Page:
Archive for August, 2011

lessons from the PC era

It’s interesting to consider the history of the PC and learn some lessons. The landscape of computing that we have now resulted from a sandwiching effect of cheaper and cheaper scientific workstations and more and more powerful consumer hobby kits (some say toys). By the mid 1980s, this trend was recognized and efforts were begun from both sides to capture the computing market. Today we know that the hobby kit lineage won, and as a result, most workstation companies eventually folded in the 2000s, though they survived for a while by clinging to the enterprise. (Incidently, IBM and HP did not, because they were large and diversified enough to do something about it.)

But this is not the whole story.
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art history

I’ve been rather ignorant of this discipline, and only saw categorization of historical style progressions as a taxonomic exercise. Over the years as I listened to classical music, I’ve gained at least one understanding of why there is a progression — something rooted in human expectation and its motivic innovation, I suppose (some fascinating papers on the subject of aesthetics here and here). But why this particular progression was never clear. Perhaps there was no rhyme or reason, I thought, just a coincidence.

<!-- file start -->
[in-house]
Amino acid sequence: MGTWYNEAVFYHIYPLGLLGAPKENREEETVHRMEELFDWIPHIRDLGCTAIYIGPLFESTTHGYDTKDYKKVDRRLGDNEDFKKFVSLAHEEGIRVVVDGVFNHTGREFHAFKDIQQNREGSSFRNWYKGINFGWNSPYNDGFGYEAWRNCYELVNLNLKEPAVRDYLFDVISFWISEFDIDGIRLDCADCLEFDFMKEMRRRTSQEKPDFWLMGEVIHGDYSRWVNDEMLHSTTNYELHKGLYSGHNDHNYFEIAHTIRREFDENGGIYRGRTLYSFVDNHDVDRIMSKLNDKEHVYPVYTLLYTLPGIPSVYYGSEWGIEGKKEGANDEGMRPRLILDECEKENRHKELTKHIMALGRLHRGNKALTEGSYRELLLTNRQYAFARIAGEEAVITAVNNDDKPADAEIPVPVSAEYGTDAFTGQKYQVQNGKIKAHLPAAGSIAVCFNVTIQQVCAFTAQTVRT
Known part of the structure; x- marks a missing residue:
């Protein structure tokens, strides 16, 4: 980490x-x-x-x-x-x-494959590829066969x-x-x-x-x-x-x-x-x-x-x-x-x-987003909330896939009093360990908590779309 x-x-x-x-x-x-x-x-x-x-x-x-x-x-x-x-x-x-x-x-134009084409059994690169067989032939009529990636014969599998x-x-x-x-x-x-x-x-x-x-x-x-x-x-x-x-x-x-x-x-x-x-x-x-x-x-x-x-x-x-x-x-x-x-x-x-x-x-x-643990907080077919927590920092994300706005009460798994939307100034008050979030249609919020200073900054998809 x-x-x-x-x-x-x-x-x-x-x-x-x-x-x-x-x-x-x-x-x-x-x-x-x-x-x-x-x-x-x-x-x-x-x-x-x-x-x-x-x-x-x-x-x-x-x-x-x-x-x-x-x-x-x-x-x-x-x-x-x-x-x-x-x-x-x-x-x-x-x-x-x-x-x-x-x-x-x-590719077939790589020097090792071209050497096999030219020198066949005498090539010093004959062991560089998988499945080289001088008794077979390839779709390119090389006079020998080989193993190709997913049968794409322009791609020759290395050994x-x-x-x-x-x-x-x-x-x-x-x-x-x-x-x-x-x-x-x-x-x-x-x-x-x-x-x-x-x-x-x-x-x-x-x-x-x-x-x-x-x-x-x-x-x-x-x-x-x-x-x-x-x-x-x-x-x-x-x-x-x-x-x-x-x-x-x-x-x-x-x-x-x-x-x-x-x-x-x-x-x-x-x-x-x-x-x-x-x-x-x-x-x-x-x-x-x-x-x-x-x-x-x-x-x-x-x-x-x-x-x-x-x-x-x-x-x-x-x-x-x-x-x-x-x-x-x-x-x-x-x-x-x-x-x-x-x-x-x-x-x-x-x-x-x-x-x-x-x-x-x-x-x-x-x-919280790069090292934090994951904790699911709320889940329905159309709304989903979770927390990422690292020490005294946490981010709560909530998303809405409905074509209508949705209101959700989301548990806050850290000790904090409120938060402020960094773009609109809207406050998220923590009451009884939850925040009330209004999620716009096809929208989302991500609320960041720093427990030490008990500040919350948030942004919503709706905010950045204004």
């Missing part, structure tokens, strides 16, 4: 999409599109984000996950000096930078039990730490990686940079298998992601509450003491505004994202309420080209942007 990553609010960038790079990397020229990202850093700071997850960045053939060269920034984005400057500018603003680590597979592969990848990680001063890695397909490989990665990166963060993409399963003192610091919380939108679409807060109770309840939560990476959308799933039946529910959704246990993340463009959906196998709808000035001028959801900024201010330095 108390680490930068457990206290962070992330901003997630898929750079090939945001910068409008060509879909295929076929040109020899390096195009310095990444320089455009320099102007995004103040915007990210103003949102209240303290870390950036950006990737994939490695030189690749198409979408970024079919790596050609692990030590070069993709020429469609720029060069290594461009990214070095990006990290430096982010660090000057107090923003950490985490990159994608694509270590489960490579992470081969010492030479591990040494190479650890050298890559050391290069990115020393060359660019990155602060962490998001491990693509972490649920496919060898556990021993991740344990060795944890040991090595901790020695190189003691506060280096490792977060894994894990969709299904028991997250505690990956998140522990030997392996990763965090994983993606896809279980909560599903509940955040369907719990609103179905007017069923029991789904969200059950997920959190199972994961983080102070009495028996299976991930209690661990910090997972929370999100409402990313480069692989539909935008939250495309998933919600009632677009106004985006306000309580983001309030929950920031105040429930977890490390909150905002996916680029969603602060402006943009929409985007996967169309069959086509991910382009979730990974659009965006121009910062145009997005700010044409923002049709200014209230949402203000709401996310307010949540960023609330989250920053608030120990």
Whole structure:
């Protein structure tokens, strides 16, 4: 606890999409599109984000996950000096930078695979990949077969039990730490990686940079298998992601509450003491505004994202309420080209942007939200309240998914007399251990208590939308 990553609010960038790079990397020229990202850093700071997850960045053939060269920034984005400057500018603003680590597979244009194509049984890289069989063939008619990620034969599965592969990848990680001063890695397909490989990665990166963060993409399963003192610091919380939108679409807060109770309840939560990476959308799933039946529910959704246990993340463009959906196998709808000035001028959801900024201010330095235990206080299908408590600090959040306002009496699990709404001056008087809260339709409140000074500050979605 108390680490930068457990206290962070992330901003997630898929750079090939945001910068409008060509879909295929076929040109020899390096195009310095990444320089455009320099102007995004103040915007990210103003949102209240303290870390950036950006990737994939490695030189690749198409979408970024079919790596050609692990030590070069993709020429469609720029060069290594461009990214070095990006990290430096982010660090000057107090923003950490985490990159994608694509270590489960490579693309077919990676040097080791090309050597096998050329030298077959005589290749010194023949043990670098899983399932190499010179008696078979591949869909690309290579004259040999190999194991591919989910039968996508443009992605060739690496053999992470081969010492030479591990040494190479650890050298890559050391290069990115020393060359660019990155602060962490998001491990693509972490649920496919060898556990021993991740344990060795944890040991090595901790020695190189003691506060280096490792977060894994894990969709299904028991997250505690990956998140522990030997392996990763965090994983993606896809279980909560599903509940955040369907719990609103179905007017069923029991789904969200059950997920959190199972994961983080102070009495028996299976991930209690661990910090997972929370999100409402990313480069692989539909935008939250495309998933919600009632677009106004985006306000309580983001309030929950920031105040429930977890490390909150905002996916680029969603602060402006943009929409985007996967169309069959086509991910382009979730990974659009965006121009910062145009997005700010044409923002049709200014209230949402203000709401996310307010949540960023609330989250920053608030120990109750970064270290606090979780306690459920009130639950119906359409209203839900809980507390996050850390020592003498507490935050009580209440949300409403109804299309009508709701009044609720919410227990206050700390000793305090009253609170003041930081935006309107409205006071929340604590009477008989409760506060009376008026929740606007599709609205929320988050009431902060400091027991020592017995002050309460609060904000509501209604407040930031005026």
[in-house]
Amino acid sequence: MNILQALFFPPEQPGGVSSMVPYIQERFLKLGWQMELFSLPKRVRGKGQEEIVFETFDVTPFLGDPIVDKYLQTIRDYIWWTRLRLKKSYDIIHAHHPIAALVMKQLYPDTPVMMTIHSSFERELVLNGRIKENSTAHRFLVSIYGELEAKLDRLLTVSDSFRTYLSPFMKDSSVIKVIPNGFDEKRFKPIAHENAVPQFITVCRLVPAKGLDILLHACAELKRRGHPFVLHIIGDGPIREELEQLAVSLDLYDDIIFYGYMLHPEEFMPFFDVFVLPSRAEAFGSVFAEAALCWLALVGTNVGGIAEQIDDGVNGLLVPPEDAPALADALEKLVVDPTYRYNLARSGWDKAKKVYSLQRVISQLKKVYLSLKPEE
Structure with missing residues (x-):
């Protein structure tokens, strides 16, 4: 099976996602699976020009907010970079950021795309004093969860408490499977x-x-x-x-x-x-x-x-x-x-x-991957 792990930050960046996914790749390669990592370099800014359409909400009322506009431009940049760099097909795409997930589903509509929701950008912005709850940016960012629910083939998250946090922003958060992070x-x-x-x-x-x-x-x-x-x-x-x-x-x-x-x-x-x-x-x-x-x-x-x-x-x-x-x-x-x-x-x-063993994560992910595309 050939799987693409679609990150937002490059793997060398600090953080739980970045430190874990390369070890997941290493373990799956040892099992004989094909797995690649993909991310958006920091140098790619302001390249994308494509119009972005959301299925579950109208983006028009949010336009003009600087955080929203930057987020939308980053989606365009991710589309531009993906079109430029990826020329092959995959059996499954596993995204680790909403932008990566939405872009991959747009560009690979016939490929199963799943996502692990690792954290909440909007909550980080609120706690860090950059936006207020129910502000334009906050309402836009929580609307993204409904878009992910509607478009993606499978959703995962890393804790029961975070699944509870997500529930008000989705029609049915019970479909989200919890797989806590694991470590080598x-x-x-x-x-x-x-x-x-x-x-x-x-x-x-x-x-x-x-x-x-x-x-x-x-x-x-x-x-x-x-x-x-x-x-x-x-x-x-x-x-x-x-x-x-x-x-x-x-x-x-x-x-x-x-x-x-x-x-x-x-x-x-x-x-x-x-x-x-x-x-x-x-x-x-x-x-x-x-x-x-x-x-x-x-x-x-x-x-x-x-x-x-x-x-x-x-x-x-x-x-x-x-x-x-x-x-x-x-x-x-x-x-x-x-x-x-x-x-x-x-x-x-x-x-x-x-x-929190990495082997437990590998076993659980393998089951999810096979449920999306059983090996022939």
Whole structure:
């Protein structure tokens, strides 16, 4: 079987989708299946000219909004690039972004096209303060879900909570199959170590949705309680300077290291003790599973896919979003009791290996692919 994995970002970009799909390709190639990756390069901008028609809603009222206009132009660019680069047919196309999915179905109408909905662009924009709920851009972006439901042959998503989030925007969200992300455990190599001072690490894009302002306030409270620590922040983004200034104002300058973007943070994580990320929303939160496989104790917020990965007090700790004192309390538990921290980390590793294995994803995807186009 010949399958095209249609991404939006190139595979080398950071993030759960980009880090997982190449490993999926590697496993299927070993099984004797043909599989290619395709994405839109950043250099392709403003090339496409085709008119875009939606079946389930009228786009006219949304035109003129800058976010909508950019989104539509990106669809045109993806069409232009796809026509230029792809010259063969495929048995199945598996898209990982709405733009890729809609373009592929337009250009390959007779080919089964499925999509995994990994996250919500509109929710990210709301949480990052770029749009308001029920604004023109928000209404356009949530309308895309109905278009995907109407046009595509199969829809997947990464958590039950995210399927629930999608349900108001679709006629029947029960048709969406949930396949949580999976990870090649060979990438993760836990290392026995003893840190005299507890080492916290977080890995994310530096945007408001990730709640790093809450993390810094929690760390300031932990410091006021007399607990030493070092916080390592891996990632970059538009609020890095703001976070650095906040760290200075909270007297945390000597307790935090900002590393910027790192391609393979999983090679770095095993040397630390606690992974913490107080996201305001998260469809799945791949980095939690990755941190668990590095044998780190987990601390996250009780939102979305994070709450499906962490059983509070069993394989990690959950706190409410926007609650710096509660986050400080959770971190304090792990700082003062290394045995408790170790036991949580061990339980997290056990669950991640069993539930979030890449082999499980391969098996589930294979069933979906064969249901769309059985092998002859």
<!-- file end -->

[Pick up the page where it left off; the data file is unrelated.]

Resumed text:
So lately I’ve been considering whether there is some organization to better understand some milestones of (Western) art history, which get period labels like:

premodern, classicist, medieval, renaissance, baroque, rationalist, romantic, modern, and postmodern.
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Neil Simon plays

Just finished listening to some classical Neil Simon plays. I don’t like the Suites very much, though they have their moments. Simon is best at his craft when he writes personal comedies.

My favorite plays are:

Brighton Beach Memoirs
Biloxi Blues
Barefoot in the Park
Broadway Bound

Some other good but less believable ones:

Chapter Two
Lost in Yonkers
The Odd Couple
Prisoner of Second Avenue

The balance are more slapstick and aren’t so good:

Plaza Suite
California Suite